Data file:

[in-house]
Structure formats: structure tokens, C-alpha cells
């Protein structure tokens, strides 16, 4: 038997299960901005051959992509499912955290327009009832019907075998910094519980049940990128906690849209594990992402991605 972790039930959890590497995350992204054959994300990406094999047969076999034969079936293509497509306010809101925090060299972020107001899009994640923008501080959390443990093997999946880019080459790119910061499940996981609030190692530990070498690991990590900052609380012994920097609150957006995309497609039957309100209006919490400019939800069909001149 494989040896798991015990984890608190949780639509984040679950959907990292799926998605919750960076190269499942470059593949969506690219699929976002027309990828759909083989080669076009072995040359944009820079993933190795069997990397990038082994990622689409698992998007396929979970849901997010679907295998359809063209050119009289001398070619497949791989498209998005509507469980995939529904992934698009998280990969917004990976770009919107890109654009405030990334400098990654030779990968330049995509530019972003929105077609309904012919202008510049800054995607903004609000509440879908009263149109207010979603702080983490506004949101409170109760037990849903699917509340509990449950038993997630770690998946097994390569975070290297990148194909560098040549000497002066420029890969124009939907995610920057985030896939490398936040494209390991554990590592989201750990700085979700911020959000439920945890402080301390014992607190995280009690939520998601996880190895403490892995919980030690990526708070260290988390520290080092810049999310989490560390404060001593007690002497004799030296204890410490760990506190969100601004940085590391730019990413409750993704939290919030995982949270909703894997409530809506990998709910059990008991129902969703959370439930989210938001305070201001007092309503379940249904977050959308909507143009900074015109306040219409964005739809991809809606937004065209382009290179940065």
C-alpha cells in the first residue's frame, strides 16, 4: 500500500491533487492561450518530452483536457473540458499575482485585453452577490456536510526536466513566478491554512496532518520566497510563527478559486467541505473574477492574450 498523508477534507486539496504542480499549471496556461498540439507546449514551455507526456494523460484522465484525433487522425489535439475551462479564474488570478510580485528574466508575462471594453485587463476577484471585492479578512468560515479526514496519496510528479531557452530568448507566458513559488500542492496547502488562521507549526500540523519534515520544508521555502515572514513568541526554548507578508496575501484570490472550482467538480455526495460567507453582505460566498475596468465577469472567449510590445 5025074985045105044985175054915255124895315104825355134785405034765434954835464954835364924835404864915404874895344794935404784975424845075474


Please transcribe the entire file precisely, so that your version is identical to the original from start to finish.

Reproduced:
[in-house]
Structure formats: structure tokens, C-alpha cells
């Protein structure tokens, strides 16, 4: 038997299960901005051959992509499912955290327009009832019907075998910094519980049940990128906690849209594990992402991605 972790039930959890590497995350992204054959994300990406094999047969076999034969079936293509497509306010809101925090060299972020107001899009994640923008501080959390443990093997999946880019080459790119910061499940996981609030190692530990070498690991990590900052609380012994920097609150957006995309497609039957309100209006919490400019939800069909001149 494989040896798991015990984890608190949780639509984040679950959907990292799926998605919750960076190269499942470059593949969506690219699929976002027309990828759909083989080669076009072995040359944009820079993933190795069997990397990038082994990622689409698992998007396929979970849901997010679907295998359809063209050119009289001398070619497949791989498209998005509507469980995939529904992934698009998280990969917004990976770009919107890109654009405030990334400098990654030779990968330049995509530019972003929105077609309904012919202008510049800054995607903004609000509440879908009263149109207010979603702080983490506004949101409170109760037990849903699917509340509990449950038993997630770690998946097994390569975070290297990148194909560098040549000497002066420029890969124009939907995610920057985030896939490398936040494209390991554990590592989201750990700085979700911020959000439920945890402080301390014992607190995280009690939520998601996880190895403490892995919980030690990526708070260290988390520290080092810049999310989490560390404060001593007690002497004799030296204890410490760990506190969100601004940085590391730019990413409750993704939290919030995982949270909703894997409530809506990998709910059990008991129902969703959370439930989210938001305070201001007092309503379940249904977050959308909507143009900074015109306040219409964005739809991809809606937004065209382009290179940065």
C-alpha cells in the first residue's frame, strides 16, 4: 500500500491533487492561450518530452483536457473540458499575482485585453452577490456536510526536466513566478491554512496532518520566497510563527478559486467541505473574477492574450 498523508477534507486539496504542480499549471496556461498540439507546449514551455507526456494523460484522465484525433487522425489535439475551462479564474488570478510580485528574466508575462471594453485587463476577484471585492479578512468560515479526514496519496510528479531557452530568448507566458513559488500542492496547502488562521507549526500540523519534515520544508521555502515572514513568541526554548507578508496575501484570490472550482467538480455526495460567507453582505460566498475596468465577469472567449510590445 5025074985045105044985175054915255124895315104825355134785405034765434954835464954835364924835404864915404874895344794935404784975424845075474